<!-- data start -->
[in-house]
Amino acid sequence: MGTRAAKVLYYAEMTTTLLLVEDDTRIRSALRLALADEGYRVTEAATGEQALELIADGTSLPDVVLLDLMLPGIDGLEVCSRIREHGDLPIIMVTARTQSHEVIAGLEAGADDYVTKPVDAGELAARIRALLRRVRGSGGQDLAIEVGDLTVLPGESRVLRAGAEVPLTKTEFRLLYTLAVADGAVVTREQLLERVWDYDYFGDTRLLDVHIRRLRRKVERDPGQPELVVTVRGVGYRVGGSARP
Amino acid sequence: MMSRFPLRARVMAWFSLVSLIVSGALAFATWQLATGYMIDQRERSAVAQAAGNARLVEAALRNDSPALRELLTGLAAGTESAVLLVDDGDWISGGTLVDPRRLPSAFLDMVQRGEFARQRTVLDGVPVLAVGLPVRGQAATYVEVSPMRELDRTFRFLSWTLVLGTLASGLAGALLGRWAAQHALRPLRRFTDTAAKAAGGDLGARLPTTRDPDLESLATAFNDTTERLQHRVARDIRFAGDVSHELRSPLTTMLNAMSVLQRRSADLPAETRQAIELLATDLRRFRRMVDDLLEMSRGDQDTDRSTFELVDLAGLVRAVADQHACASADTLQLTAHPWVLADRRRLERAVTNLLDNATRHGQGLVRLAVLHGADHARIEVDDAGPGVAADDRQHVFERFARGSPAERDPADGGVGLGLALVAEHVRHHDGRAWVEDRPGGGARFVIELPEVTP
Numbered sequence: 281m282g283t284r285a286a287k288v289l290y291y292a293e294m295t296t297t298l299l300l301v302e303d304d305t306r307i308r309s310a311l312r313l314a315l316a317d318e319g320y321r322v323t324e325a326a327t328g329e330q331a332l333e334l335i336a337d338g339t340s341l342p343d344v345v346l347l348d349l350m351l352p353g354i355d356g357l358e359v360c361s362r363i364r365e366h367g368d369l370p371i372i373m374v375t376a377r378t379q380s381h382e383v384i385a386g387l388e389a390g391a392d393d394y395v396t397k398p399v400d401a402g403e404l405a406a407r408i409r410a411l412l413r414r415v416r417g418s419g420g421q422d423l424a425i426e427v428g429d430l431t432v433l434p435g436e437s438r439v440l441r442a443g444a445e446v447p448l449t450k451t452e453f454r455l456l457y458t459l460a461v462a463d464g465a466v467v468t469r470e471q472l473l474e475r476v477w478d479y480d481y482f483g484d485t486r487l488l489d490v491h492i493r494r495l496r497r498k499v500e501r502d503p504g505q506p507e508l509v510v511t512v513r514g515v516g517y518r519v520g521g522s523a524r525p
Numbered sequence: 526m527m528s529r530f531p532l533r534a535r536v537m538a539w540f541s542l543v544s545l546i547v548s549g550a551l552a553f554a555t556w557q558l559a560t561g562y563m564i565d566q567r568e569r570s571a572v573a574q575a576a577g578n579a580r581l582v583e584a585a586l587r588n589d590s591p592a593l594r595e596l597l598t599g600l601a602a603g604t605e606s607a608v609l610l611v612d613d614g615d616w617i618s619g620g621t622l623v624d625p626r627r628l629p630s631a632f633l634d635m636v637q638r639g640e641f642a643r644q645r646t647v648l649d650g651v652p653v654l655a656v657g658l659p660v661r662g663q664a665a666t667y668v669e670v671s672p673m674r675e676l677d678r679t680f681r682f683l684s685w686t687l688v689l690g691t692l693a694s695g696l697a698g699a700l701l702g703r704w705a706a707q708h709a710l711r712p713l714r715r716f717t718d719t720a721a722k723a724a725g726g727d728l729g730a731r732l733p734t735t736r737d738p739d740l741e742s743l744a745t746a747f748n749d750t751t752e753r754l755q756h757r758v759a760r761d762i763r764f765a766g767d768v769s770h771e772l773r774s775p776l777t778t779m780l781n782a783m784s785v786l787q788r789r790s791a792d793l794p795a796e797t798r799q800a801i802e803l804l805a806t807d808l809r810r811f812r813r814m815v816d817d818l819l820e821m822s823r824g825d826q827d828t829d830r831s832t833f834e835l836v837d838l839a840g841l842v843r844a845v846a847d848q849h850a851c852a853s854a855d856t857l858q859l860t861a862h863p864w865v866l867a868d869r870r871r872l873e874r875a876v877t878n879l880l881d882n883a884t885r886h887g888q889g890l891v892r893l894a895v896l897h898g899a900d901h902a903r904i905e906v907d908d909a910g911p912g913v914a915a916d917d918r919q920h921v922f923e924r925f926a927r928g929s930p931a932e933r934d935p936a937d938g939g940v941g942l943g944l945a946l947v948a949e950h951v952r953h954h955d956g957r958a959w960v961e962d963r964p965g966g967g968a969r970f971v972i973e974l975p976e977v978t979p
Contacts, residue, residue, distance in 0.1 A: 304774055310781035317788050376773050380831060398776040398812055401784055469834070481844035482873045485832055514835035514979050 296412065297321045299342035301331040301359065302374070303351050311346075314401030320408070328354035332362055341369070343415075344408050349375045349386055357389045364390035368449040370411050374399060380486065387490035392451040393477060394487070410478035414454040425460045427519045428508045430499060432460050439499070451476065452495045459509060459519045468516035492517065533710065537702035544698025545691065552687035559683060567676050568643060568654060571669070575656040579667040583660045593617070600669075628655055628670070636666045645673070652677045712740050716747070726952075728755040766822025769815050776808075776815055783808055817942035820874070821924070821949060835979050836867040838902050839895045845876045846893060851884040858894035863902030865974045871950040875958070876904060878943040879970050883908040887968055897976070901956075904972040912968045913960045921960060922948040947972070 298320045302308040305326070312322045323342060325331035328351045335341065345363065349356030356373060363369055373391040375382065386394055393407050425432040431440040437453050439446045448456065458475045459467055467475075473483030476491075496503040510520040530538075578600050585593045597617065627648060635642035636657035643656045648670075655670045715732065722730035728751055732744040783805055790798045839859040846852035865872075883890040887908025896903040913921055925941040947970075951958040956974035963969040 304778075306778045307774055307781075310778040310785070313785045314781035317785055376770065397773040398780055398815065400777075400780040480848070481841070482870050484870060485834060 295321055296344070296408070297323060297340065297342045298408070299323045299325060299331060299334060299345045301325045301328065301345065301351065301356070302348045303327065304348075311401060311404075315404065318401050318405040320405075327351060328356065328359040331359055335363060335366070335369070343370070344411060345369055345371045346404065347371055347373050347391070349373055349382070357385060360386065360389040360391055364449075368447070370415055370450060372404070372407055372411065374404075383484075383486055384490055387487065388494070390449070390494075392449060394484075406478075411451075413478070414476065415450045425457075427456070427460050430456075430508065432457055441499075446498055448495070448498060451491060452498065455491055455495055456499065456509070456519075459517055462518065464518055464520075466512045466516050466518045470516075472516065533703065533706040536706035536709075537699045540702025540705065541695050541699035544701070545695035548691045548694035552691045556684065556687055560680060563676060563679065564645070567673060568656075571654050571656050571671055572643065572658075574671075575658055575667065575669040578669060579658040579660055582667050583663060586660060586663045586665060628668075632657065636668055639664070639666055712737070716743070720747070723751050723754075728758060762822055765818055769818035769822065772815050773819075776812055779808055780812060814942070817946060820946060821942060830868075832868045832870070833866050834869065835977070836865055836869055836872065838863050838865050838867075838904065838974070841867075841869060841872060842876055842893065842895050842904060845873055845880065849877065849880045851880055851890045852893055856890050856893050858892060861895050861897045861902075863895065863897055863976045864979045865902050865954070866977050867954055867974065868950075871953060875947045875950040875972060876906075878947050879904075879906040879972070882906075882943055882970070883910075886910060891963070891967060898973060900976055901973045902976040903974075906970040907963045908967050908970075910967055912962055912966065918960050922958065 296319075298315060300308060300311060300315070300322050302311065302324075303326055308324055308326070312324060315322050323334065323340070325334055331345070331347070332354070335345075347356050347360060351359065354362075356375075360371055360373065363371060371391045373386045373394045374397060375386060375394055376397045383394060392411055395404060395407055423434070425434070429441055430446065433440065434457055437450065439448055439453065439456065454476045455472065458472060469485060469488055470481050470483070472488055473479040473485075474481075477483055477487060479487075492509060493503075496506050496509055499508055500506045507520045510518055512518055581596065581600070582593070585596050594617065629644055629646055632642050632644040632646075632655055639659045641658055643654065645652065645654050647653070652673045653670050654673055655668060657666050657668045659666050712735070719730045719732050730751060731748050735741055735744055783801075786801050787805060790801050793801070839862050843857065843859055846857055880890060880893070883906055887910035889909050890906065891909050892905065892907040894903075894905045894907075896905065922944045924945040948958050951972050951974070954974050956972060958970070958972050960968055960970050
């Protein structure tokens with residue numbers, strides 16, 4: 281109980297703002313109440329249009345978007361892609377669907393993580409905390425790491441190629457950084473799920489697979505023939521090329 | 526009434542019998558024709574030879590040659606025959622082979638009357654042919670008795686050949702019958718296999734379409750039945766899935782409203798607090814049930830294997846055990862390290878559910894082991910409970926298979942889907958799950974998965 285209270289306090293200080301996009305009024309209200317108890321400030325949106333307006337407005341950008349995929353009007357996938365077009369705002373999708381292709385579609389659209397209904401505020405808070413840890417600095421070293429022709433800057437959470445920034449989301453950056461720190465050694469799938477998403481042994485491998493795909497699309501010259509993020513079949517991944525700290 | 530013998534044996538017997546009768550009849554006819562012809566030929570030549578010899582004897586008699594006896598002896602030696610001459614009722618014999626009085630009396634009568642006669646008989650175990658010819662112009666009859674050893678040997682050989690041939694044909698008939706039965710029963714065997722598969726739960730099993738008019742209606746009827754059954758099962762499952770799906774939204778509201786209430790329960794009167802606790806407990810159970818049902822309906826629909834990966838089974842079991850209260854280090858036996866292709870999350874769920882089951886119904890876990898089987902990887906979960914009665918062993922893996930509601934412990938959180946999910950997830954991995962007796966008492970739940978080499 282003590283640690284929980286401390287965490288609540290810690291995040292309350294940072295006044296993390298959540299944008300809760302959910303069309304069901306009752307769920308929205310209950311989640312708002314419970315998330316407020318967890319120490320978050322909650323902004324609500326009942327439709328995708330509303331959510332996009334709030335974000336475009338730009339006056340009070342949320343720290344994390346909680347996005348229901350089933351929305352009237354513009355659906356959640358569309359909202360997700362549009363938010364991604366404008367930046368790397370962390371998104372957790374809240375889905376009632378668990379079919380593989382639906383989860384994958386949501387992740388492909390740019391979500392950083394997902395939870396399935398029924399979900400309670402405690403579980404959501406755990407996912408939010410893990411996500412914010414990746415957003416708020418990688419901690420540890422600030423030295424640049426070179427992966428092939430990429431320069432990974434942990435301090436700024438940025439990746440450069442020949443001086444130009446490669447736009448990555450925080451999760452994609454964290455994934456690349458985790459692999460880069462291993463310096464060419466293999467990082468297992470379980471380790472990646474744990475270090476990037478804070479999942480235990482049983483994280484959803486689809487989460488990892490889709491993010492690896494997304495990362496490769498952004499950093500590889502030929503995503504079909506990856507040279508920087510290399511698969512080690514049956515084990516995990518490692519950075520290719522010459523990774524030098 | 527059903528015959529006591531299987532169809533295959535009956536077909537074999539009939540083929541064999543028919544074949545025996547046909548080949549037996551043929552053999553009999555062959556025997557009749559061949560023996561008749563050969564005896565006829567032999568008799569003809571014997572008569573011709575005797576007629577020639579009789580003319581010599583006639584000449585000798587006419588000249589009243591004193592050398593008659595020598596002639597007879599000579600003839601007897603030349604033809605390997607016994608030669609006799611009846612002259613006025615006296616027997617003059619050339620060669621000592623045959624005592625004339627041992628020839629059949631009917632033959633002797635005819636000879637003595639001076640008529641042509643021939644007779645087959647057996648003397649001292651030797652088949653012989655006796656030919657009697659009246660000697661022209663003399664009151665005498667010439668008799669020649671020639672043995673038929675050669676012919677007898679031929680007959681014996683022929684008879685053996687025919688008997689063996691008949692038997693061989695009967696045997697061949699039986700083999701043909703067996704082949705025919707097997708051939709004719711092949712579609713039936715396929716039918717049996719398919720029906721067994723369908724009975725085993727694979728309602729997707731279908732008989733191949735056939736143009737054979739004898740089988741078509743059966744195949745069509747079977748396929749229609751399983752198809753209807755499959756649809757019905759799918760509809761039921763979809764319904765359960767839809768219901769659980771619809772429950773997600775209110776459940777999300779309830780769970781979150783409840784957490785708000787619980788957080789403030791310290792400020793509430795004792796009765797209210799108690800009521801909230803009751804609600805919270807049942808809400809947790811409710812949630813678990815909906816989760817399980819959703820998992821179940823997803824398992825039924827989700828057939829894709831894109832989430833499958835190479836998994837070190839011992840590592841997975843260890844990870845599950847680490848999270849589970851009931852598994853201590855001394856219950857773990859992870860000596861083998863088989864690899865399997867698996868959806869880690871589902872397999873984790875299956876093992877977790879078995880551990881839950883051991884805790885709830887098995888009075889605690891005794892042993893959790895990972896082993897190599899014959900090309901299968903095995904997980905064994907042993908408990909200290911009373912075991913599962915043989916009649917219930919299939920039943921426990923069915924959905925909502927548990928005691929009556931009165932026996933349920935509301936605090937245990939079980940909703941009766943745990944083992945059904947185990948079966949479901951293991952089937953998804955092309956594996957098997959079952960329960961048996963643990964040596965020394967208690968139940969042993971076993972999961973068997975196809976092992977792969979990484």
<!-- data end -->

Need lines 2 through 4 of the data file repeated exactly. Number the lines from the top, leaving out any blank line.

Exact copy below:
Amino acid sequence: MGTRAAKVLYYAEMTTTLLLVEDDTRIRSALRLALADEGYRVTEAATGEQALELIADGTSLPDVVLLDLMLPGIDGLEVCSRIREHGDLPIIMVTARTQSHEVIAGLEAGADDYVTKPVDAGELAARIRALLRRVRGSGGQDLAIEVGDLTVLPGESRVLRAGAEVPLTKTEFRLLYTLAVADGAVVTREQLLERVWDYDYFGDTRLLDVHIRRLRRKVERDPGQPELVVTVRGVGYRVGGSARP
Amino acid sequence: MMSRFPLRARVMAWFSLVSLIVSGALAFATWQLATGYMIDQRERSAVAQAAGNARLVEAALRNDSPALRELLTGLAAGTESAVLLVDDGDWISGGTLVDPRRLPSAFLDMVQRGEFARQRTVLDGVPVLAVGLPVRGQAATYVEVSPMRELDRTFRFLSWTLVLGTLASGLAGALLGRWAAQHALRPLRRFTDTAAKAAGGDLGARLPTTRDPDLESLATAFNDTTERLQHRVARDIRFAGDVSHELRSPLTTMLNAMSVLQRRSADLPAETRQAIELLATDLRRFRRMVDDLLEMSRGDQDTDRSTFELVDLAGLVRAVADQHACASADTLQLTAHPWVLADRRRLERAVTNLLDNATRHGQGLVRLAVLHGADHARIEVDDAGPGVAADDRQHVFERFARGSPAERDPADGGVGLGLALVAEHVRHHDGRAWVEDRPGGGARFVIELPEVTP
Numbered sequence: 281m282g283t284r285a286a287k288v289l290y291y292a293e294m295t296t297t298l299l300l301v302e303d304d305t306r307i308r309s310a311l312r313l314a315l316a317d318e319g320y321r322v323t324e325a326a327t328g329e330q331a332l333e334l335i336a337d338g339t340s341l342p343d344v345v346l347l348d349l350m351l352p353g354i355d356g357l358e359v360c361s362r363i364r365e366h367g368d369l370p371i372i373m374v375t376a377r378t379q380s381h382e383v384i385a386g387l388e389a390g391a392d393d394y395v396t397k398p399v400d401a402g403e404l405a406a407r408i409r410a411l412l413r414r415v416r417g418s419g420g421q422d423l424a425i426e427v428g429d430l431t432v433l434p435g436e437s438r439v440l441r442a443g444a445e446v447p448l449t450k451t452e453f454r455l456l457y458t459l460a461v462a463d464g465a466v467v468t469r470e471q472l473l474e475r476v477w478d479y480d481y482f483g484d485t486r487l488l489d490v491h492i493r494r495l496r497r498k499v500e501r502d503p504g505q506p507e508l509v510v511t512v513r514g515v516g517y518r519v520g521g522s523a524r525p